- The Washington Times - Sunday, July 14, 2019

The abortion wars that flared up unexpectedly in Virginia earlier this year will see another battle this fall in a key House of Delegates race in Fairfax County.

Nick Bell, the Republican challenger running in the 39th District of the House of Delegates, is putting the issues of infanticide and abortion at the center of his campaign in hopes of ousting veteran Democratic Delegate Vivian Watts.

The race is one of many being closely watched this November, as Democrats fell just short of capturing the chamber in 2017 and are seeking the net two-seat gain Nov. 5th to take control. Conservatives and pro-life groups have also rallied to Mr. Bell’s cause, attempting a difficult race in what has become a Democratic bastion in the state.

But the Democrats’ drive to flip control of both houses of the General Assembly has been complicated after a national controversy sparked by comments from Democratic Gov. Ralph Northam and Democratic Delegate Kathy Tran. In defending a bill intended to expand access to abortion services, both suggested the law also allowed for infanticide after the baby was delivered. It was those remarks — and Ms. Watts‘ vote for the legislation — that Mr. Bell says motivated him to enter the race.

“I think the Democrats have gone so far extreme that we have got to fight back,” Mr. Bell said. “If you aren’t going to defend the right to life for babies after birth, how are you going to defend other rights? The right to life is the most fundamental.”

Ms. Watts called Mr. Bell’s charge that she supports infanticide “totally inaccurate,” and that she voted only to keep the debate on the bill going to continue the discussion on provisions related to mandatory ultrasound examinations.

The bill, which was designed to ease the state’s restrictions on abortion, never made it out of committee. It would have changed the requirement that an abortion preformed during the second trimester be performed in a hospital; removed the requirement that an ultrasound be done before the abortion; and lowered the number of physicians required to sign off on a third trimester abortion from three to one.

The bill did not legalize infanticide, but Mr. Northam and Ms. Tran muddied the waters — and were called out by President Trump in his State of the Union address — after speculating on how infants who were supposed to be aborted would be treated if they were delivered alive.

“This example speaks to the difficulty of writing the law to achieve the goal of reducing abortions in the third trimester to as absolutely as few as possible while allowing for the reality of serious medical issues,” Ms. Watts wrote in a letter she sent to constituents in March explaining her position.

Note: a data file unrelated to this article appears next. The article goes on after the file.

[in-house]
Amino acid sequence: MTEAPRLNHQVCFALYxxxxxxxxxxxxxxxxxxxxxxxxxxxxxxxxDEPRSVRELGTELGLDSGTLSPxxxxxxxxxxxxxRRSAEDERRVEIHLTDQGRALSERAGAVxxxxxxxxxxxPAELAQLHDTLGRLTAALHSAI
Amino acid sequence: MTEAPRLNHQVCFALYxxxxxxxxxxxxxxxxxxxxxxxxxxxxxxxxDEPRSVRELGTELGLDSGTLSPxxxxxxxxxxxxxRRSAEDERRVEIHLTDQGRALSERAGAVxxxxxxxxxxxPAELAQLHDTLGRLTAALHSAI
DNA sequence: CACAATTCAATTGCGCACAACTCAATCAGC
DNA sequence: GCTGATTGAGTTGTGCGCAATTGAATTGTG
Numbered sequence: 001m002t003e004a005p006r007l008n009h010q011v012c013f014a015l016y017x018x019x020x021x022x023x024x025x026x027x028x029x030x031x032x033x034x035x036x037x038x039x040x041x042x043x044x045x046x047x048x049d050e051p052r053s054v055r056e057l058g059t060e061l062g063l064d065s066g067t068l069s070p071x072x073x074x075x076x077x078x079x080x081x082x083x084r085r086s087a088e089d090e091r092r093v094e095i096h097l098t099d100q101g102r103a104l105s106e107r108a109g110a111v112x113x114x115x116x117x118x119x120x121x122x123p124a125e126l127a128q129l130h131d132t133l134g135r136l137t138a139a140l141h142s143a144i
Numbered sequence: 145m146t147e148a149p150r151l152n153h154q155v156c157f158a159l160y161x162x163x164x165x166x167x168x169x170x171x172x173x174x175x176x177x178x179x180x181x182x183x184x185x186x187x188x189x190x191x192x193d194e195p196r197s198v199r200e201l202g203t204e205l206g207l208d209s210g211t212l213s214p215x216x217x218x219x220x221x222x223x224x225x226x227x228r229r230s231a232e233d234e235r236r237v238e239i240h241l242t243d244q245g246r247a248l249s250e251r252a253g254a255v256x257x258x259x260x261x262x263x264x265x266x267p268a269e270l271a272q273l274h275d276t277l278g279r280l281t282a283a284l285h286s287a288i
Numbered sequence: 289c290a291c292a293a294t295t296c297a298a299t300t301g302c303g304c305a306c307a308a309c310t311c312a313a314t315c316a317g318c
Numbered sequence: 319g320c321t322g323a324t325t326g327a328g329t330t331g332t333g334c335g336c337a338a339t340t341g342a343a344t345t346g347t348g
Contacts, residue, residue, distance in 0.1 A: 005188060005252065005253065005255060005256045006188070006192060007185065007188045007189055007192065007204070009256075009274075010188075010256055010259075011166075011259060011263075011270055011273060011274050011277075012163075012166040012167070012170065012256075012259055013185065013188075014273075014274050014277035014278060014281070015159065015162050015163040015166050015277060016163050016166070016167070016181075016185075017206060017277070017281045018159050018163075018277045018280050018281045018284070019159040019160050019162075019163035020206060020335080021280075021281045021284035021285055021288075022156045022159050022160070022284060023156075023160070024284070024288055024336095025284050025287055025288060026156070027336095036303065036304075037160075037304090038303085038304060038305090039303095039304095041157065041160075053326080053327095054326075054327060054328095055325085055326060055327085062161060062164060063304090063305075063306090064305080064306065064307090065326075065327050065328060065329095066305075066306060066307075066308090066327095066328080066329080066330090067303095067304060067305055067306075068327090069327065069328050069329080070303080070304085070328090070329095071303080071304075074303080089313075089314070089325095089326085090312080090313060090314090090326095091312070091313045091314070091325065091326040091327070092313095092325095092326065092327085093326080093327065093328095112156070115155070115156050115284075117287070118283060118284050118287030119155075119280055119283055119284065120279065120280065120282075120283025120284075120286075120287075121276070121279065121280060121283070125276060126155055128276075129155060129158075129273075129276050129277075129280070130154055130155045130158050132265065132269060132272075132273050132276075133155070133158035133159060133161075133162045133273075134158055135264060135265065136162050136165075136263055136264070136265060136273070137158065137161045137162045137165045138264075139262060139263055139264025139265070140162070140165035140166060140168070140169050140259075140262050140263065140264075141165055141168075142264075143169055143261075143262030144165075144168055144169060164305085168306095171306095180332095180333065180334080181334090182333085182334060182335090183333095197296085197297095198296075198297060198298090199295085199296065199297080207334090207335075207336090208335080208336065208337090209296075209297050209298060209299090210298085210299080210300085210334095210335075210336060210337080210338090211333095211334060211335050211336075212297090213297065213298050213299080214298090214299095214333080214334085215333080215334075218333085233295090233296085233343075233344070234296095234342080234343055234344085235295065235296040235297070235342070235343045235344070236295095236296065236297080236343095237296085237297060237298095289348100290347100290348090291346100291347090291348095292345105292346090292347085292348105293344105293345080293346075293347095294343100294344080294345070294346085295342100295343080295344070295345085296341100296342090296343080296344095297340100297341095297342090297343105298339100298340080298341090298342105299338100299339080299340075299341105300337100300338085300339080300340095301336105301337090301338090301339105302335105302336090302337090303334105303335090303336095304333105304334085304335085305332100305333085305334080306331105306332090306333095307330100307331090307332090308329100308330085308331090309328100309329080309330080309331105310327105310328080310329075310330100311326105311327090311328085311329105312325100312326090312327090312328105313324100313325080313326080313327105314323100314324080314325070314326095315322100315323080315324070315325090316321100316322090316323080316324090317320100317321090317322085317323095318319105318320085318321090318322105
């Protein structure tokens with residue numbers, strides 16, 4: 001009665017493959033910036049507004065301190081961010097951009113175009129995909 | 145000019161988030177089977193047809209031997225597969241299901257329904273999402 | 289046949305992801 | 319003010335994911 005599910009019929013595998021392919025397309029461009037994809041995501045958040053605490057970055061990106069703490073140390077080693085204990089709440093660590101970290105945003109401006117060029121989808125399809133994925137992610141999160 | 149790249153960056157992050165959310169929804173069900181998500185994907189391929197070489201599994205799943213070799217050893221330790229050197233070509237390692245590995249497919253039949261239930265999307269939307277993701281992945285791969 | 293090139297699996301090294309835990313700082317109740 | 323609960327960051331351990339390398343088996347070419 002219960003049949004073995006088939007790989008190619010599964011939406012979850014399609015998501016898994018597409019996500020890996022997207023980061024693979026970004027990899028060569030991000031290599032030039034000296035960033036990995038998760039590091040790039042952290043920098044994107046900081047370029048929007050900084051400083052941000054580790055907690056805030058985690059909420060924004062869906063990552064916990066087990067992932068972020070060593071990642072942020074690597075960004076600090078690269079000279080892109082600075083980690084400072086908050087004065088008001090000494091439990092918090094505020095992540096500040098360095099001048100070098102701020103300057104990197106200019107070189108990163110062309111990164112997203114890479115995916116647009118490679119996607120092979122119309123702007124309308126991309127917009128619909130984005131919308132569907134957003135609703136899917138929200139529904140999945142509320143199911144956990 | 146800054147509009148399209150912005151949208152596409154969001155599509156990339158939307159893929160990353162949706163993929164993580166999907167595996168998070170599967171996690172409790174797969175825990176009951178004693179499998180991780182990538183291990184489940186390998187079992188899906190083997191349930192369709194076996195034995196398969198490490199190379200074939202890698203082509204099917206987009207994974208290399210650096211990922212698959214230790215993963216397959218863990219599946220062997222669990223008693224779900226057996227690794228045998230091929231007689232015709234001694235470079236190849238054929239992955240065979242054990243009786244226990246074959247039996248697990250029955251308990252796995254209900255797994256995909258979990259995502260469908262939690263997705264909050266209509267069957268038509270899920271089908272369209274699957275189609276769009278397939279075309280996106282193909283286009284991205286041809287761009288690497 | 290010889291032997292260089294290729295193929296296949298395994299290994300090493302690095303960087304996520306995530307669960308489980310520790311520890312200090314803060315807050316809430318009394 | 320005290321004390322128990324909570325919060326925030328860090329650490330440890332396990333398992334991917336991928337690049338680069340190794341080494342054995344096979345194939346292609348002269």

The first thing Mr. Bell says he would do if elected would be to propose legislation to protect the lives of infants who survived a failed abortion, referencing what he said was data from the Centers for Disease Control and Prevention recording 143 cases of infants surviving abortion.*

According to CDC data, about 91% of abortions are performed at fewer than 13 weeks gestation. Abortions at 21 weeks or more into a pregnancy account for about 1% of all abortions.

Last year, the GOP-dominated legislature in Richmond passed a law that requires multiple levels of hospital reviews and physician responsibility before making life-support decisions.

Mr. Bell left his job as a special assistant in the Department of Labor to challenge Ms. Watts, who has been the district’s representative since 1996. Before that, she served as the state’s transportation and public safety secretary. She says her incumbency and long record are an advantage in the race.

“That kind of breadth [of experience] that I’ve had is extremely valuable when about half of the members of the House have served less than five years,” Ms. Watts said. A self-proclaimed nerd, she acknowledged that experience is only an advantage if the member stays current, which she does by speaking to a broad range of groups and studying the issues.

Mr. Bell previously was a legislative correspondent for Sen. Thom Tillis, North Carolina Republican, and before that lived in Spain teaching English.

In a traditionally Democratic district, Mr. Bell said his strategy will be to be honest about his beliefs and pledge to do his best if elected. Another plank in his platform: eliminating all toll roads in Northern Virginia and turning them back into regular roads.

Mr. Bell noted he isn’t accepting any corporate campaign funding, but said he has attracted the financial support to wage a competitive race.

“I will be the most well-funded opponent she has ever faced,” Mr. Bell said, citing that in the last recording period he raised more money than Ms. Watts, much of it from out-of-state sources attracted by the prominence of the abortion issue in the race.

Ms. Watts said her priorities include seeking more funding for transportation, improving mental health services for veterans and school funding reform.

All 100 seats of the Virginia House of Delegates as well as the 40 seats in the Senate are up for reelection. Republicans hold a 21-19 edge in the Senate and a 51-49 majority in the House of Delegates.

*The original story incorrectly reported that the CDC lacked data on infant deaths involving induced termination of pregnancy. The report from the CDC can be viewed here

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